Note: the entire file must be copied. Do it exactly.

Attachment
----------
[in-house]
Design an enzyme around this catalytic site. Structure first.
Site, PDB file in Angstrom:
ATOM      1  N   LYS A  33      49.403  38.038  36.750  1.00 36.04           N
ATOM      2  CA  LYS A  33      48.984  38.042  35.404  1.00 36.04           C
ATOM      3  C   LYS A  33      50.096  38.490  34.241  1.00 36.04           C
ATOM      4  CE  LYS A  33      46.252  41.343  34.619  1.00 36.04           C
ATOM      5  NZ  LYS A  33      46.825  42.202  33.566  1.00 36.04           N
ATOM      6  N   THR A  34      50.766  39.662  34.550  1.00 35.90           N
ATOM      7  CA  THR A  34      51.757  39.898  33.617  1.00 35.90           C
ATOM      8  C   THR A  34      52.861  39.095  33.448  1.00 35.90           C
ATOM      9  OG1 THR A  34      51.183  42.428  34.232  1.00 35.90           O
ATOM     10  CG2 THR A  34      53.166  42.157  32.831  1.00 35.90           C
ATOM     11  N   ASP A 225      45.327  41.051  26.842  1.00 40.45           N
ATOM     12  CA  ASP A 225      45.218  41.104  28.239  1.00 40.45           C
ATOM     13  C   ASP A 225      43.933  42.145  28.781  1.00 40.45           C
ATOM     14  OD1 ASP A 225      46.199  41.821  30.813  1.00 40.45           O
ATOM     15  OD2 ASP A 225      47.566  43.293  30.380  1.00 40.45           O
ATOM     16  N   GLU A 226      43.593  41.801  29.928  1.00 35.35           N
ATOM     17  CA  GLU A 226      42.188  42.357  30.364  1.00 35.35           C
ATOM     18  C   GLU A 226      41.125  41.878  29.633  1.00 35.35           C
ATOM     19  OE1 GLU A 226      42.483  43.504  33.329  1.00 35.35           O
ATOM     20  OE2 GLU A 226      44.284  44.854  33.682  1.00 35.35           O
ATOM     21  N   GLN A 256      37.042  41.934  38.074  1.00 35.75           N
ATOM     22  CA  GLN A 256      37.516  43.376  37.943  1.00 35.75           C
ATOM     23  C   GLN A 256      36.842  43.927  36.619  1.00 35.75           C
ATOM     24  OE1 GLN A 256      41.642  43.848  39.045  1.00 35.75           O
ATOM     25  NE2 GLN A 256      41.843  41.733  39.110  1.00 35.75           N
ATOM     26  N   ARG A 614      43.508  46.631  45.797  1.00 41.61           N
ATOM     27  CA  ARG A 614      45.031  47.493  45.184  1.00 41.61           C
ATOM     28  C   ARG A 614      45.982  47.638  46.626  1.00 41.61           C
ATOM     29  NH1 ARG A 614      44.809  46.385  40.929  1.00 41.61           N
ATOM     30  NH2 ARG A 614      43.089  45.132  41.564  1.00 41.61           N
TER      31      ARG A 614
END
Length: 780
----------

[in-house]
Design an enzyme around this catalytic site. Structure first.
Site, PDB file in Angstrom:
ATOM      1  N   LYS A  33      49.403  38.038  36.750  1.00 36.04           N
ATOM      2  CA  LYS A  33      48.984  38.042  35.404  1.00 36.04           C
ATOM      3  C   LYS A  33      50.096  38.490  34.241  1.00 36.04           C
ATOM      4  CE  LYS A  33      46.252  41.343  34.619  1.00 36.04           C
ATOM      5  NZ  LYS A  33      46.825  42.202  33.566  1.00 36.04           N
ATOM      6  N   THR A  34      50.766  39.662  34.550  1.00 35.90           N
ATOM      7  CA  THR A  34      51.757  39.898  33.617  1.00 35.90           C
ATOM      8  C   THR A  34      52.861  39.095  33.448  1.00 35.90           C
ATOM      9  OG1 THR A  34      51.183  42.428  34.232  1.00 35.90           O
ATOM     10  CG2 THR A  34      53.166  42.157  32.831  1.00 35.90           C
ATOM     11  N   ASP A 225      45.327  41.051  26.842  1.00 40.45           N
ATOM     12  CA  ASP A 225      45.218  41.104  28.239  1.00 40.45           C
ATOM     13  C   ASP A 225      43.933  42.145  28.781  1.00 40.45           C
ATOM     14  OD1 ASP A 225      46.199  41.821  30.813  1.00 40.45           O
ATOM     15  OD2 ASP A 225      47.566  43.293  30.380  1.00 40.45           O
ATOM     16  N   GLU A 226      43.593  41.801  29.928  1.00 35.35           N
ATOM     17  CA  GLU A 226      42.188  42.357  30.364  1.00 35.35           C
ATOM     18  C   GLU A 226      41.125  41.878  29.633  1.00 35.35           C
ATOM     19  OE1 GLU A 226      42.483  43.504  33.329  1.00 35.35           O
ATOM     20  OE2 GLU A 226      44.284  44.854  33.682  1.00 35.35           O
ATOM     21  N   GLN A 256      37.042  41.934  38.074  1.00 35.75           N
ATOM     22  CA  GLN A 256      37.516  43.376  37.943  1.00 35.75           C
ATOM     23  C   GLN A 256      36.842  43.927  36.619  1.00 35.75           C
ATOM     24  OE1 GLN A 256      41.642  43.848  39.045  1.00 35.75           O
ATOM     25  NE2 GLN A 256      41.843  41.733  39.110  1.00 35.75           N
ATOM     26  N   ARG A 614      43.508  46.631  45.797  1.00 41.61           N
ATOM     27  CA  ARG A 614      45.031  47.493  45.184  1.00 41.61           C
ATOM     28  C   ARG A 614      45.982  47.638  46.626  1.00 41.61           C
ATOM     29  NH1 ARG A 614      44.809  46.385  40.929  1.00 41.61           N
ATOM     30  NH2 ARG A 614      43.089  45.132  41.564  1.00 41.61           N
TER      31      ARG A 614
END
Length: 780